The developed method utilizes microwrinkles as a substrate of a liquid crystal. The microwrinkles, self-organized undulating surface structure of a hard polymer film on a rubber substrate, are formed by tangential uniaxial compression. In this study, a spontaneously-formed periodic structure of a nematic liquid crystal confined in the microwrinkle grooves (Fig. 1, left) is utilized as a chirality sensor. Regions with left-handed and right-handed local twist distortions alternate in this periodic structure of the liquid crystal. Initially, the length of a region with left-handed twist is approximately the same as that with right-handed twist. When chiral molecules in the gas sample dissolve into the liquid crystal after blown onto it, one region with specific twist handedness is energetically more favorable than the other. As a result, the length of the former becomes larger than that of the latter. This phenomenon can be utilized for visual detection of the existence of chiral molecules and their chiral handedness. The mechanism of this novel phenomenon can be explained qualitatively by the kinetics of the dissolution of the gas molecules, and numerical calculations based on a theoretical model. Typical response time is as small as a few seconds, owing to rapid diffusion and homogenization of the gas molecules dissolved from the vapor into the liquid crystal whose effective thickness is as small as one micrometer. It is important to note that this method enables direct analysis of gas samples, and does not require condensation or dissolution of the samples in advance.

Regions with right-handed and left-handed local twist are colored in blue and orange, respectively, under a polarizing microscope with a sensitive tint plate (Fig. 1, right). This coloring facilitates the detection of the above-mentioned phenomenon by the change in the lengths of colored regions (hereafter denoted by R and L). Moreover, the observation of the color of the longer region enables the determination of the major enantiomer in a sample of a specific chiral compound, if one determines in advance which region (blue or orange) becomes longer in response to an enantiomer of this compound with (+) (or (-)) optical activity.

Figure 1
Figure 1: Sensing of chiral gas molecules by the change of the periodic orientational structures of a liquid crystal in microwrinkle grooves

Furthermore, quantitative measurement of the change in the lengths R and L from a microscope image makes it possible to quantify the enantiomeric excess and the concentration of a chiral compound. Figure 2 shows z, a quantity proportional to the difference between R and L, versus the enantiomeric excess (ee%) of the mixture of (+)-limonene and (-)-limonene (it is known that different enantiomers of limonene yield different aroma, and different physiological stress reduction in rats). Under the same experimental conditions (e.g., total concentration of the chiral compound and blow speed), z varies according to the enantiomeric excess. Therefore, the enantiomeric excess of a gas sample can be determined by measuring z.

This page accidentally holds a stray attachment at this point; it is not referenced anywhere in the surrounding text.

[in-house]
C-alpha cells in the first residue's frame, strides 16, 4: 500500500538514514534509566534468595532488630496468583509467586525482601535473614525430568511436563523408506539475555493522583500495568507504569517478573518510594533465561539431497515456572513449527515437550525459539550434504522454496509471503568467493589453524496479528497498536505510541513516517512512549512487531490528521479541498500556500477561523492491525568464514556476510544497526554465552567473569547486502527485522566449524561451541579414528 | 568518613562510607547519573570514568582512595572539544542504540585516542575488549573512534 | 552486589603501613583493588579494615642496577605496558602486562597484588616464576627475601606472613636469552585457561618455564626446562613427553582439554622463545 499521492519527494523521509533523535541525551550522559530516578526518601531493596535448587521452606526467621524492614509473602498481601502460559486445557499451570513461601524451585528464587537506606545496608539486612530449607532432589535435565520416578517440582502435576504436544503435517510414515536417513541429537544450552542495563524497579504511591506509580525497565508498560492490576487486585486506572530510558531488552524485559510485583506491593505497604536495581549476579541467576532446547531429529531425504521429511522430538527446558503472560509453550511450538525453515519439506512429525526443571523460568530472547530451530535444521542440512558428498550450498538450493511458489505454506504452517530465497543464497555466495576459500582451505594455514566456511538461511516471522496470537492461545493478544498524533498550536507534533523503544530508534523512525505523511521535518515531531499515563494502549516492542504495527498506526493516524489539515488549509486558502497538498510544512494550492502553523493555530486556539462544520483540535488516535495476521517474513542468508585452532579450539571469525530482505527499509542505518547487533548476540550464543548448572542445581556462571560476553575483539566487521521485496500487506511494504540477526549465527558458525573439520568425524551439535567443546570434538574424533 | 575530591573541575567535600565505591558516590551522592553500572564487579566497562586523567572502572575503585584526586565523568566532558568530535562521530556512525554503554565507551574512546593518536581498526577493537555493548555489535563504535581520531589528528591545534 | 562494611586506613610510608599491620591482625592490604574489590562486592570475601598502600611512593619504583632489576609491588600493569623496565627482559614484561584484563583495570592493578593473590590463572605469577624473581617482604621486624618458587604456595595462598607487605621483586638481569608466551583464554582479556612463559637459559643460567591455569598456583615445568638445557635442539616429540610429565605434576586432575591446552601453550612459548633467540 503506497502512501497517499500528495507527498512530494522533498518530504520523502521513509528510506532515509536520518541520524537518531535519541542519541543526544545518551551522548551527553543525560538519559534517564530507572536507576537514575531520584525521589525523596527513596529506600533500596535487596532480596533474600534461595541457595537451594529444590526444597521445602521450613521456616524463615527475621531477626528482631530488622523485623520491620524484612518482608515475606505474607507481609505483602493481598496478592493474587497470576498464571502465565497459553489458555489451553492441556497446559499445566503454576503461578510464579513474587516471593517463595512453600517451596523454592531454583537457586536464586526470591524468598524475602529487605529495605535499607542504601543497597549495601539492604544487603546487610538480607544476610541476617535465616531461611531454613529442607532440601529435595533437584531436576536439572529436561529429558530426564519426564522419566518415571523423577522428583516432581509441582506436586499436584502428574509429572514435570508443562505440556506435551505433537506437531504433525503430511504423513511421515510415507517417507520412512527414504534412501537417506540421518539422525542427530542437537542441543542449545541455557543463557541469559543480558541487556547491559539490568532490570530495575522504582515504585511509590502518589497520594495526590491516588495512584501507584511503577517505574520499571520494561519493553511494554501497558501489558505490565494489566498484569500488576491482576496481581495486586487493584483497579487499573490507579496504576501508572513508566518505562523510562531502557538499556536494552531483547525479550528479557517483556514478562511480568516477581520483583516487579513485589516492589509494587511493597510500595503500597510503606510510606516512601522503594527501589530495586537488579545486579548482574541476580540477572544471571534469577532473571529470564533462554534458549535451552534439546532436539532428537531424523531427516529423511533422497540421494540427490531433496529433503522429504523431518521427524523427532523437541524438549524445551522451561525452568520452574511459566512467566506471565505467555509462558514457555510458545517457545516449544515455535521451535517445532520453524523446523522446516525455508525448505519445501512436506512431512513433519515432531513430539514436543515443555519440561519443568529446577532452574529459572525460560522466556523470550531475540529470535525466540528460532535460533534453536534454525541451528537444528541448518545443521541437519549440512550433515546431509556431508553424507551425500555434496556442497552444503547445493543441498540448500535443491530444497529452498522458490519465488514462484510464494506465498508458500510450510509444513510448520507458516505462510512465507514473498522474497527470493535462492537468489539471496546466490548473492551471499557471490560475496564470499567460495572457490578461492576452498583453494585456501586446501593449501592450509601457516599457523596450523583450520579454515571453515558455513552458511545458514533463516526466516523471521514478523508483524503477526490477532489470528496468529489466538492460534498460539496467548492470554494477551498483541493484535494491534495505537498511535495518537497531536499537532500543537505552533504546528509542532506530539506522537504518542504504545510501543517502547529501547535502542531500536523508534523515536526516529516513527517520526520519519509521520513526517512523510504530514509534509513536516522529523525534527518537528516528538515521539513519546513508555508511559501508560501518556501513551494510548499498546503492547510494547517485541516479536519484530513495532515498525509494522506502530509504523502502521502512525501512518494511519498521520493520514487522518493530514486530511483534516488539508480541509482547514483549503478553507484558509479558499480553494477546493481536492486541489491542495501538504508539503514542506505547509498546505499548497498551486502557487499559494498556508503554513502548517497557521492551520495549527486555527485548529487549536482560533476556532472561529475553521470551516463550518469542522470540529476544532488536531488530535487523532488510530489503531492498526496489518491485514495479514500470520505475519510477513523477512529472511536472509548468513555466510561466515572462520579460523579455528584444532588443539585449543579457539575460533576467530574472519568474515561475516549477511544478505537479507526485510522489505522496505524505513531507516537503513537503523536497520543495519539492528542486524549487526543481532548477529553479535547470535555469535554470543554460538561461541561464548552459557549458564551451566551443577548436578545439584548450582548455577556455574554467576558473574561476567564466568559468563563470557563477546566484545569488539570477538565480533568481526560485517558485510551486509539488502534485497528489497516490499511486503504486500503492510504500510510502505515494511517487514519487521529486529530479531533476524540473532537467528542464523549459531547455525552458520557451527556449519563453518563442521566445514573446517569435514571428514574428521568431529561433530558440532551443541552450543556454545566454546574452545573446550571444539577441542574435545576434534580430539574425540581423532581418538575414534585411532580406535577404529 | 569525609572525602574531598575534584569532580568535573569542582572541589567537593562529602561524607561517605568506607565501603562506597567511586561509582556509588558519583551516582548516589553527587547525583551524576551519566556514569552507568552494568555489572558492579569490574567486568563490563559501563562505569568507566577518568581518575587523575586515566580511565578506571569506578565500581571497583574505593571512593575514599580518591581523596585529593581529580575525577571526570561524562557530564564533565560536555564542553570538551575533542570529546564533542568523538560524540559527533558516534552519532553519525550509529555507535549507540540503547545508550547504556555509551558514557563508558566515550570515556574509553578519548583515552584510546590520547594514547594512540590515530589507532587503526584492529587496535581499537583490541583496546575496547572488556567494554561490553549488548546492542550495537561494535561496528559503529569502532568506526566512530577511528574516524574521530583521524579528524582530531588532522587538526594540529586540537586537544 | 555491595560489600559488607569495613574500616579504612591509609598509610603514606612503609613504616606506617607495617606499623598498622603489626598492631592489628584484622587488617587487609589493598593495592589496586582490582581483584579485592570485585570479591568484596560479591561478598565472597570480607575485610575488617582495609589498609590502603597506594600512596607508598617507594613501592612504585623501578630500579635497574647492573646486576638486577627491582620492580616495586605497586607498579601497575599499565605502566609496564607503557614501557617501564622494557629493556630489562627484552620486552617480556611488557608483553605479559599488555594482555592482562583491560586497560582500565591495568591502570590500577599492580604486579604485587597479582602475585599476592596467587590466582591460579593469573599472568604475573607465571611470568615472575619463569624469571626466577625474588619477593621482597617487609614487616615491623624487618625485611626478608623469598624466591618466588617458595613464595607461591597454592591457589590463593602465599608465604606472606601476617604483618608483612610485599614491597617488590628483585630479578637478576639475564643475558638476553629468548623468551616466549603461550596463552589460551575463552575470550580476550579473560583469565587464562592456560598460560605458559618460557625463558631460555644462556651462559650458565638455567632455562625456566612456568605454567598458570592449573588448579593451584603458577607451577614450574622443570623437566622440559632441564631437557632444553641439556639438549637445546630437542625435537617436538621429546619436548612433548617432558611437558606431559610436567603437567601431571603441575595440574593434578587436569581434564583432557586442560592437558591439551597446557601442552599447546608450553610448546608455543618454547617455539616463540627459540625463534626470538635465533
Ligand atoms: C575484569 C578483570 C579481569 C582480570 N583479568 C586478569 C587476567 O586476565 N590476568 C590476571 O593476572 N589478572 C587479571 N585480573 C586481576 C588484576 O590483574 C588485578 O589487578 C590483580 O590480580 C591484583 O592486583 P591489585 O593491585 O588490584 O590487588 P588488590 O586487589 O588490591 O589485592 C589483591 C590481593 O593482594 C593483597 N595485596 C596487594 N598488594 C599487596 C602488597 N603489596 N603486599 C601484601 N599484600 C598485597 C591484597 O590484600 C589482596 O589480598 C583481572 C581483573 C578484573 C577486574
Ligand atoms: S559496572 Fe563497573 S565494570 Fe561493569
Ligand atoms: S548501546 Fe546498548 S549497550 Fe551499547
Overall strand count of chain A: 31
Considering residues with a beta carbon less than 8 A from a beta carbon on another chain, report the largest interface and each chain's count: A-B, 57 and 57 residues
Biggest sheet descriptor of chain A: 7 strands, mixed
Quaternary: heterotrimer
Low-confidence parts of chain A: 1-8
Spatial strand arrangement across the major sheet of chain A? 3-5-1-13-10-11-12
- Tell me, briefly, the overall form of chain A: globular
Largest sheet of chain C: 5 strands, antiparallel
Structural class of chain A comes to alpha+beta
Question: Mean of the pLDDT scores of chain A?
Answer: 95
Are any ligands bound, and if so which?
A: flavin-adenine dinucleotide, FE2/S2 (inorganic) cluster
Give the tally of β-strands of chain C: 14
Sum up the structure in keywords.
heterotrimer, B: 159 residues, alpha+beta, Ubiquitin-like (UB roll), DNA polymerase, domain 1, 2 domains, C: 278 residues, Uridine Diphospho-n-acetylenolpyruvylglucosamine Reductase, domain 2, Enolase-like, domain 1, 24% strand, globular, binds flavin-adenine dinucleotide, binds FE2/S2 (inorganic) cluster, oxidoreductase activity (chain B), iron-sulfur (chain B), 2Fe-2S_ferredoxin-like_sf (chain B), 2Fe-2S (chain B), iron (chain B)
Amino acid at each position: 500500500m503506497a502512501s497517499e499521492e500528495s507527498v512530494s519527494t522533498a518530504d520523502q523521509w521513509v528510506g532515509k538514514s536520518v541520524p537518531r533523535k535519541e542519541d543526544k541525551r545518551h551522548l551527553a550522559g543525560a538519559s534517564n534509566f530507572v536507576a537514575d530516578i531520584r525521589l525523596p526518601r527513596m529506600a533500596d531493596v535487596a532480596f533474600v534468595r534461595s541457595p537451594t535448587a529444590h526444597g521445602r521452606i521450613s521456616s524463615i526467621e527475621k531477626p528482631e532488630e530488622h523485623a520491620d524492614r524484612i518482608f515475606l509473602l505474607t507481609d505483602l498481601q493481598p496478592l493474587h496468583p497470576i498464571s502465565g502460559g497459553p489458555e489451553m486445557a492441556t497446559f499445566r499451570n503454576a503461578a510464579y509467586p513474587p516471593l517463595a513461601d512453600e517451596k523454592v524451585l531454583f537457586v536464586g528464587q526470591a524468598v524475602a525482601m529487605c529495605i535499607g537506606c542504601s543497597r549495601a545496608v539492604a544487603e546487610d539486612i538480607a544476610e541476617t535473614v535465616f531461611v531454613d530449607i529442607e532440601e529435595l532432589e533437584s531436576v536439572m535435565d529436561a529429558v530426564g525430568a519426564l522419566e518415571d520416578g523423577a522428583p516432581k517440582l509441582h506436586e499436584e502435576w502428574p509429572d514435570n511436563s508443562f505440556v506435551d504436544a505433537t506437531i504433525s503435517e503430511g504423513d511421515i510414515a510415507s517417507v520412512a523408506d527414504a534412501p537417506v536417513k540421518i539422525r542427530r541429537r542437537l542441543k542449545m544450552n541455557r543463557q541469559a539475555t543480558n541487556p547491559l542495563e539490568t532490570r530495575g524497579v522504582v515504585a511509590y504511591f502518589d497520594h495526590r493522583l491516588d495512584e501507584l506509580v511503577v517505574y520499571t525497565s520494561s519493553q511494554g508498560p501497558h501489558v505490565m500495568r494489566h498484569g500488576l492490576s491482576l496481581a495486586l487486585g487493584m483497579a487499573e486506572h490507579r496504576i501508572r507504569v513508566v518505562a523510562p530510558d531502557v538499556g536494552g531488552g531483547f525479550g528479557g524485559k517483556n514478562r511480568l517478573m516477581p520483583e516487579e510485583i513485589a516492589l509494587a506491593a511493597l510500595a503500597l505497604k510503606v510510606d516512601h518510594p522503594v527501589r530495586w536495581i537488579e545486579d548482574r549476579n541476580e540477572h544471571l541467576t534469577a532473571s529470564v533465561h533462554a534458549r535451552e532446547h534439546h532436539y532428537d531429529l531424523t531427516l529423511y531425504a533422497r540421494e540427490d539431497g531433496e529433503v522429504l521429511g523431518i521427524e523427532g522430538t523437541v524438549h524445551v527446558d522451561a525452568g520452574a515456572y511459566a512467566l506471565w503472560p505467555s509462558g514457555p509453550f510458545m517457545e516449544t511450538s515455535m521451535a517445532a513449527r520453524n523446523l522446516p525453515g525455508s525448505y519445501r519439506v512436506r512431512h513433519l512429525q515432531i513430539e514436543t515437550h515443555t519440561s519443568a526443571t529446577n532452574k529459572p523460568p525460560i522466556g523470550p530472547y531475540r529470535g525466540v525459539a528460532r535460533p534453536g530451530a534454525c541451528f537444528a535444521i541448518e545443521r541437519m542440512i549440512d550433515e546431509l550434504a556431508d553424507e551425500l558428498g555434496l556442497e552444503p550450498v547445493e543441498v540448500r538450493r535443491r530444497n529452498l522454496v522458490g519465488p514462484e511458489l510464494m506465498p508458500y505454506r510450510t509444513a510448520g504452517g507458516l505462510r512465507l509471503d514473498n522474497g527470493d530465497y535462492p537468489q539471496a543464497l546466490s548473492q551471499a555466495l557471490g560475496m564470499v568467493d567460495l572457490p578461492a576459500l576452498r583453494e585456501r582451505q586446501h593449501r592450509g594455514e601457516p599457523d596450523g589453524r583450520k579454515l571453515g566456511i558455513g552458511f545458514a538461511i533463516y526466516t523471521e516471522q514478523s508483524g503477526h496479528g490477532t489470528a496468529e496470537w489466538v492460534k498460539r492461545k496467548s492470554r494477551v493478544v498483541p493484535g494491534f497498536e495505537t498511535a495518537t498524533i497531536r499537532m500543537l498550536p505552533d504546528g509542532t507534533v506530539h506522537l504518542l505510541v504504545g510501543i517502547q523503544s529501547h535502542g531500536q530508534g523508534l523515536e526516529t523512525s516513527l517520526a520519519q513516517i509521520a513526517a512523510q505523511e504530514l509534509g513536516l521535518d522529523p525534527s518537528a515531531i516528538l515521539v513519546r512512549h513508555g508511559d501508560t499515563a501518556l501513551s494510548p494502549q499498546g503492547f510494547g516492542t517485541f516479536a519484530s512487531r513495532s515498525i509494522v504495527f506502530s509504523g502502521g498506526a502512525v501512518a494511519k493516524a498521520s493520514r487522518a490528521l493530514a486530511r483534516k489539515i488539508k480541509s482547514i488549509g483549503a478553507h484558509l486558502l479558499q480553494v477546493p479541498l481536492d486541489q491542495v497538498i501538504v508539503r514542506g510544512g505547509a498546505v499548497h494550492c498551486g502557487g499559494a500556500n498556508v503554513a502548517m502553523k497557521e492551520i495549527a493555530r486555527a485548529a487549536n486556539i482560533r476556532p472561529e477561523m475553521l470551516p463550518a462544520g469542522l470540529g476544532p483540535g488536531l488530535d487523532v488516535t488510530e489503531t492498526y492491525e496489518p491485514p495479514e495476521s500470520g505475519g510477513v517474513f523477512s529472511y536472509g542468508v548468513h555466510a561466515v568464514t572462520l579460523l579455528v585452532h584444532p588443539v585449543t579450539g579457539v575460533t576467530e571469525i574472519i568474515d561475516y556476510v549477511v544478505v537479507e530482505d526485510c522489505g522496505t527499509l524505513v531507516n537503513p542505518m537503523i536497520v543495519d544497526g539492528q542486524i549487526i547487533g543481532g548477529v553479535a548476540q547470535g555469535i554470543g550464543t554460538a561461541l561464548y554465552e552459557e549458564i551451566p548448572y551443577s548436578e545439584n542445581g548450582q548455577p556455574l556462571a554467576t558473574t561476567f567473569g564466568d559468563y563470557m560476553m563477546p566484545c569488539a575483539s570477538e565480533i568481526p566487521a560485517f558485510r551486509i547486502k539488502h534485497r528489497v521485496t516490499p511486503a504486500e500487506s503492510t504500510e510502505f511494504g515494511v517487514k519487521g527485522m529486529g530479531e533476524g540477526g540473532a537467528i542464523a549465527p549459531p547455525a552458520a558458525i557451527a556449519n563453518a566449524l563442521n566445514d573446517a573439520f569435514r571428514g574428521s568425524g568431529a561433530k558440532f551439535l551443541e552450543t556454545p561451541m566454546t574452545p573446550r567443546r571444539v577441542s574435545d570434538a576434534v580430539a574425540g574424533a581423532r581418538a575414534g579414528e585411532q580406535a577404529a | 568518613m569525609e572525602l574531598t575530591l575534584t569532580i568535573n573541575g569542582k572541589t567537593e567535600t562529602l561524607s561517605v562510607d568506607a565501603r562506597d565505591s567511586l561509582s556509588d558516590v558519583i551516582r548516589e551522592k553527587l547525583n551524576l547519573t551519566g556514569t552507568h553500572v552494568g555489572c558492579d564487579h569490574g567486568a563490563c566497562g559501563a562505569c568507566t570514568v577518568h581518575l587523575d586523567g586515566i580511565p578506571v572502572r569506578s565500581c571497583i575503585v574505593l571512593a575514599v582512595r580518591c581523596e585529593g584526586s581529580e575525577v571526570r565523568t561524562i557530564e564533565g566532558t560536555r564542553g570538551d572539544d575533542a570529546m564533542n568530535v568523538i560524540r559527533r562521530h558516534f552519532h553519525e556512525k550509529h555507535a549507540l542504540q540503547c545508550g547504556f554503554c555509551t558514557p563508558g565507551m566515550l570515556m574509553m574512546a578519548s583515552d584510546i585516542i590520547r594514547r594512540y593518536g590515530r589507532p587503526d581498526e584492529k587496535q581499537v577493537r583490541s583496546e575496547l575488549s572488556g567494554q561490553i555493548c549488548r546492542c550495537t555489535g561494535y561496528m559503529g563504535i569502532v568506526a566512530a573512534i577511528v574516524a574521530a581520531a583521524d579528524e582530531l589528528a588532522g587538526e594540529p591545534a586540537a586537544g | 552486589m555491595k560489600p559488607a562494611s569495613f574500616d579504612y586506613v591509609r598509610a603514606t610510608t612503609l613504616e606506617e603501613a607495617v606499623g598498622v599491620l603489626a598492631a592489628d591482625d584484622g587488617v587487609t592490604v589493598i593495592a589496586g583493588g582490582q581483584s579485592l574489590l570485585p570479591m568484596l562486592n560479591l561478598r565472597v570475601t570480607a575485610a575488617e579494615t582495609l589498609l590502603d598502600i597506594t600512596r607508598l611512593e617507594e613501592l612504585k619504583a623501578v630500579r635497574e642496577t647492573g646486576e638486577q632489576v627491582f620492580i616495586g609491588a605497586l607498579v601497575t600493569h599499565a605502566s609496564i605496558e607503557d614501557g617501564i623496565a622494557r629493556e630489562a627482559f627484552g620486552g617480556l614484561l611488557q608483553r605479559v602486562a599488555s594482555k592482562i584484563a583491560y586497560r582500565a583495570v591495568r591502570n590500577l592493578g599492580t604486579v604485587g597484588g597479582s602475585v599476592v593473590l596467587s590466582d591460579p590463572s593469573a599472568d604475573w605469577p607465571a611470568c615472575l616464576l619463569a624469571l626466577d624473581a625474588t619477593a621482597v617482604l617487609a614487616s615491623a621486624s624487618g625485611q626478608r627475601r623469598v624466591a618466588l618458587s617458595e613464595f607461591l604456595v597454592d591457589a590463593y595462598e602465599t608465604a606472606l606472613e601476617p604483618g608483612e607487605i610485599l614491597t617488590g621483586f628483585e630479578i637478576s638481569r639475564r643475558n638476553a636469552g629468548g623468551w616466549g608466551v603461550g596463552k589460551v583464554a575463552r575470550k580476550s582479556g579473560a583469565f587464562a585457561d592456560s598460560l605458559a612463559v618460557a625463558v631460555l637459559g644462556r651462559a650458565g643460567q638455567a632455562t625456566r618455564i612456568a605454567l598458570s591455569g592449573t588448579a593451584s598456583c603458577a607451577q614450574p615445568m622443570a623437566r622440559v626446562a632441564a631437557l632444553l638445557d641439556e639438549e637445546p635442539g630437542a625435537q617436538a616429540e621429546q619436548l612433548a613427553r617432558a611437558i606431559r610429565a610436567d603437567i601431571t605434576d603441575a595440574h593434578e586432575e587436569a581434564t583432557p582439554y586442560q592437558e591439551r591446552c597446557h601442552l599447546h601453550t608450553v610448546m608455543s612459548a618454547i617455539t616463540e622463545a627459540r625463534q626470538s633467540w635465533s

Figure 2
Figure 2 : Relation between the enantiomeric excess (ee%) of limonene gas and z, an index of the difference between R and L

Figure 3 shows the variation of z when the relative concentration of an enantiopure (ee% = ±100) compound with respect to its saturated concentration (horizontal axis) is varied. These dependencies of z on concentration can be used for the estimation of the concentration of a specific compound. These results demonstrate that the sensitivity depends on compounds. Various unknown parameters including saturated concentration, solubility, and twisting power in the liquid crystal affect the sensitivity. The actual detection limits are small enough, indicating high sensitivity; 3 ppm for β-pinene and 5 ppm for carvone. The curves in Fig. 3 are convex upwards, which is reproduced qualitatively by numerical calculations based on a theoretical model.

Figure 3
Figure 3 : Relation between the relative concentration of each gas and z, an index of the difference between R and L.

The advantages of the developed method for chirality detection include the following:
(i) The sensor part is very inexpensive; its preparation requires only the coating of a nematic liquid crystal widely used in current display technology onto self-organized microwrinkles.
(ii) Its operation is quite easy, because gas samples can be blown onto the sensor part directly at ambient temperatures, pressures, and humidities. Condensation or thermal pre-treatment of the sample is not necessary.
(iii) Chirality can be detected visually by a polarizing microscope alone. A sensitive tint plate further clarifies the structural change of the liquid crystal in response to chiral molecules.
(iv) The response is fast enough, within a few seconds.
(v) In most cases, the sensor part is reusable because the dissolved molecules evaporate, and the structure of the liquid crystal itself is stable for at least a few months.

Therefore the developed method can be used as a simple and economical chirality sensor for gas samples that allows its outdoor use. This method makes use of a novel response of a topological defect of a liquid crystal, and can be regarded as an example of an ingenious application of soft materials that respond sensitively to external stimuli.

Future Plans

The researchers will expand the versatility of the developed method by choosing a suitable host nematic liquid crystal and optimizing experimental conditions, and thus by increasing the number of detectable chiral compounds. They will investigate the possibility of practical applications of self-organized structures of liquid crystals other than nematic in microwrinkles, aiming at novel unique sensors and functional materials.